Relevant Pricing and Ecommerce: How to Make the Best Business Decisions:
At first, glance, running an e-commerce business seems simple enough: create a website, offer something of value to consumers, sell, repeat. While this is definitely your main focus, you’ll soon discover that there’s a lot more behind the scenes.
As the world of online commerce grows dramatically, you will find many opportunities to expand your digital brand. Whether you’re planning to open an online store or expand your existing business, it’s important to understand the financial variables that drive growth. One of these essential variables is price.
What is the Relevant Pricing exactly?
Simply put, material cost, also known as differential cost, is a term used to refer to the possible future costs of a given decision.
It is often classified as “future costs” (which differ from decision to decision) or “opportunity costs” (the cost of a lost opportunity based on the decision made). Understanding these terms will help you stay competitive.
On the other hand, there are also the so-called irrelevant costs, which do not change with a given decision. In this case, there are:
• Crockery expenses: these are expenses that have already been paid and cannot be recovered. As this tax has already been paid, it is considered irrelevant. An example of this is the cost of your current website.
• Related costs: if you are making an unrecoverable investment. In this case, future costs are irrelevant because they must be paid regardless of the decision made.
An overview of related costs
Cost analysis of your decisions is the lifeblood of an effective and productive management process.
Suppose you have an online clothing store. You start to gain ground and a retail chain wants a budget of 2,000 shirts. Read the numbers before making a final decision to better understand how this order will affect your business.
Some of the variables to consider are:
• The cost of materials: To make the quality shirts you usually offer, you need to order 2,000 shirts, which cost $4 each. However, if you order 5,000, your unit price drops to $3. That means you will either pay $8,000 for 2,000 shirts or invest $15,000 for 5,000 shirts (hoping to raise the remaining 3,000). Therefore, 2,000 shirts will cost $8,000 or $6,000 to order. Additional materials, such as paint and canvas, cost $2,500.
• Essential Labor: How much does it cost in terms of direct labor to produce 2,000 T-shirts? Let’s say it’s $5,000 for this example.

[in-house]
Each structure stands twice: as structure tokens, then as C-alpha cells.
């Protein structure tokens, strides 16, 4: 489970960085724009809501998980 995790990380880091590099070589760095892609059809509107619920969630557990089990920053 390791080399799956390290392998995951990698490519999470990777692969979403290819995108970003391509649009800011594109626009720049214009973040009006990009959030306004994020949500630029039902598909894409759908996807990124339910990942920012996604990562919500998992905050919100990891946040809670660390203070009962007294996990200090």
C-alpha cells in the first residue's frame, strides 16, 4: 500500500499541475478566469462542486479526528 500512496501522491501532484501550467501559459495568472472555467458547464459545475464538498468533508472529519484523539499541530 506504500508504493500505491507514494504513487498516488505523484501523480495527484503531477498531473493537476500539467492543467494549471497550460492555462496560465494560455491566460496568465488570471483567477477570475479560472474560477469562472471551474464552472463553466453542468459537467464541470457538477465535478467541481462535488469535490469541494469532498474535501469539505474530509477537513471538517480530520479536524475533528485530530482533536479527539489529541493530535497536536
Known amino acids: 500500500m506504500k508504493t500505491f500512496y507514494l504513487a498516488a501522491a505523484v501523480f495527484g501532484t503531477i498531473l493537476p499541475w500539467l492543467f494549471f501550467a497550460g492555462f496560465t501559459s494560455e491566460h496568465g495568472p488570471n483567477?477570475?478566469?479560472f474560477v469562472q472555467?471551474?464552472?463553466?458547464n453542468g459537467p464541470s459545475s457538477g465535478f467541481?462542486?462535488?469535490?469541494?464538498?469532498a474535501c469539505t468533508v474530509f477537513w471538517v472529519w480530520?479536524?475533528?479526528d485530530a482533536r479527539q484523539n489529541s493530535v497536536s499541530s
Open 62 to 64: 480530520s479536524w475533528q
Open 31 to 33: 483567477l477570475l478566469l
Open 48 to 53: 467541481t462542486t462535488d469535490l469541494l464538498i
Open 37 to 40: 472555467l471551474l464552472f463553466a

• Equipment depreciation expense: For example, the estimated depreciation amount of the screen-printer.
• Hydro used at order completion: how much does it cost to leave the lights on x days during the production process? Let’s say it’s $600 for this example.
• Indirect costs: From accounting costs to rent, repairs to taxes, this includes all costs except direct materials, direct labor costs, and direct costs.
These cost variables include equipment depreciation (this is a non-cash expense and will not affect your company’s cash flow) and overhead expenses (which are not incurred). direct order).
Instead, the necessary costs are the materials, labor, and electricity needed. After adding all the Relevant Pricing costs and adding a defined profit margin (eg 15%), you must indicate this price.
In this case, you wrote: $8,000 + $2,500 + $5,000 + $600 = $16,100 + (16,000 x 15) = $18,515. Next, you need to decide if this is the best option for the future.
To do this, you need to compare each possible alternative based on cost. How does each decision affect your financial growth?
Note: While this is an ideal short-term approach, long-term financial decisions should be made on the basis of total costs, not just material costs.
Do I need to buy an existing e-commerce business?
If you haven’t started your eCommerce journey yet, you may be wondering if it would be cheaper to start a business or buy an existing eCommerce business. When comparing these two options, you need to weigh the pros and cons.
For example, an existing website would already be profitable, would have established visitors and vendors, and would attract many customers. However, it requires a significant upfront payout, which can be a gamble in terms of potential ROI.
Let’s say you’ve already started an e-commerce business, but don’t think it’s the right approach; in fact, it became a money pit. Instead, keep an eye out for a successful e-commerce site for sale. In that case, it’s the costs you can eliminate by closing your current site, as well as the potential loss of revenue.
While you can lose x amounts per month compared to your original site, you should focus on what you gain by investing in an eCommerce company that already has the full package.
To be successful, always calculate the odds and compare all your options before making a decision. Let the numbers guide you. By applying the Relevant Pricing to each situation, you can make more accurate financial decisions and thus increase profitability.